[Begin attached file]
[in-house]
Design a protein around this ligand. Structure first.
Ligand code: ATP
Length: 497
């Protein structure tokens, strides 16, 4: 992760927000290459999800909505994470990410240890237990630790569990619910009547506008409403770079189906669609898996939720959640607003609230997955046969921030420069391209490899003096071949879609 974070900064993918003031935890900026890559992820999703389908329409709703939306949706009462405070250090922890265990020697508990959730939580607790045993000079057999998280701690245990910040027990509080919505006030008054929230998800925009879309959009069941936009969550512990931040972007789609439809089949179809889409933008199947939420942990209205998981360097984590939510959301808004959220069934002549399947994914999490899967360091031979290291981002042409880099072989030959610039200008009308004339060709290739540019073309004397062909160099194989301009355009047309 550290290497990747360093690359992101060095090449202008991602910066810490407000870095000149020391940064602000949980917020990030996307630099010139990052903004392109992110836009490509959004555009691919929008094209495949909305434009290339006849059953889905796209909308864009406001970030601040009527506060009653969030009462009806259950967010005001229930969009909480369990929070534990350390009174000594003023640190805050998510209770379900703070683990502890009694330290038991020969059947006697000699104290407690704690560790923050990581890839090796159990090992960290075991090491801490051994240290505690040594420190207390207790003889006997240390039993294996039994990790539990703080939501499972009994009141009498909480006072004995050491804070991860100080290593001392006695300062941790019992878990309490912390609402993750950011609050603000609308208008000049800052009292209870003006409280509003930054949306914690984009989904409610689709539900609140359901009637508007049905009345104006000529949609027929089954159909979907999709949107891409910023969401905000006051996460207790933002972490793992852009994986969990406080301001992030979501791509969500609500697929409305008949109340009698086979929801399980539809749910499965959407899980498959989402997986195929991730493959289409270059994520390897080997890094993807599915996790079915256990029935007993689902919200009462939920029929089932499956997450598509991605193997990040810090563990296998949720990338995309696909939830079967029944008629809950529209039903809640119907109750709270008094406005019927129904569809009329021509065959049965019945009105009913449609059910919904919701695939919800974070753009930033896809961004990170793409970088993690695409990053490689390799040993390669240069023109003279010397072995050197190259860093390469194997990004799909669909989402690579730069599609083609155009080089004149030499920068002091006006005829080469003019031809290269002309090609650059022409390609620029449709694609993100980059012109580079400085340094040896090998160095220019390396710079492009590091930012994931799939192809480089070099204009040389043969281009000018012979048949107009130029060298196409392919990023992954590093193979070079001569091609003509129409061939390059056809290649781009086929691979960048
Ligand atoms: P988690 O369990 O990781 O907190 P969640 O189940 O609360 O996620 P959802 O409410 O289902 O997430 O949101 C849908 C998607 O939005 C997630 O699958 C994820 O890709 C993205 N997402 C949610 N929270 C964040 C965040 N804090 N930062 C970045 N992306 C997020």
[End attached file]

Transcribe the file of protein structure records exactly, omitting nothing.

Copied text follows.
[in-house]
Design a protein around this ligand. Structure first.
Ligand code: ATP
Length: 497
């Protein structure tokens, strides 16, 4: 992760927000290459999800909505994470990410240890237990630790569990619910009547506008409403770079189906669609898996939720959640607003609230997955046969921030420069391209490899003096071949879609 974070900064993918003031935890900026890559992820999703389908329409709703939306949706009462405070250090922890265990020697508990959730939580607790045993000079057999998280701690245990910040027990509080919505006030008054929230998800925009879309959009069941936009969550512990931040972007789609439809089949179809889409933008199947939420942990209205998981360097984590939510959301808004959220069934002549399947994914999490899967360091031979290291981002042409880099072989030959610039200008009308004339060709290739540019073309004397062909160099194989301009355009047309 550290290497990747360093690359992101060095090449202008991602910066810490407000870095000149020391940064602000949980917020990030996307630099010139990052903004392109992110836009490509959004555009691919929008094209495949909305434009290339006849059953889905796209909308864009406001970030601040009527506060009653969030009462009806259950967010005001229930969009909480369990929070534990350390009174000594003023640190805050998510209770379900703070683990502890009694330290038991020969059947006697000699104290407690704690560790923050990581890839090796159990090992960290075991090491801490051994240290505690040594420190207390207790003889006997240390039993294996039994990790539990703080939501499972009994009141009498909480006072004995050491804070991860100080290593001392006695300062941790019992878990309490912390609402993750950011609050603000609308208008000049800052009292209870003006409280509003930054949306914690984009989904409610689709539900609140359901009637508007049905009345104006000529949609027929089954159909979907999709949107891409910023969401905000006051996460207790933002972490793992852009994986969990406080301001992030979501791509969500609500697929409305008949109340009698086979929801399980539809749910499965959407899980498959989402997986195929991730493959289409270059994520390897080997890094993807599915996790079915256990029935007993689902919200009462939920029929089932499956997450598509991605193997990040810090563990296998949720990338995309696909939830079967029944008629809950529209039903809640119907109750709270008094406005019927129904569809009329021509065959049965019945009105009913449609059910919904919701695939919800974070753009930033896809961004990170793409970088993690695409990053490689390799040993390669240069023109003279010397072995050197190259860093390469194997990004799909669909989402690579730069599609083609155009080089004149030499920068002091006006005829080469003019031809290269002309090609650059022409390609620029449709694609993100980059012109580079400085340094040896090998160095220019390396710079492009590091930012994931799939192809480089070099204009040389043969281009000018012979048949107009130029060298196409392919990023992954590093193979070079001569091609003509129409061939390059056809290649781009086929691979960048
Ligand atoms: P988690 O369990 O990781 O907190 P969640 O189940 O609360 O996620 P959802 O409410 O289902 O997430 O949101 C849908 C998607 O939005 C997630 O699958 C994820 O890709 C993205 N997402 C949610 N929270 C964040 C965040 N804090 N930062 C970045 N992306 C997020």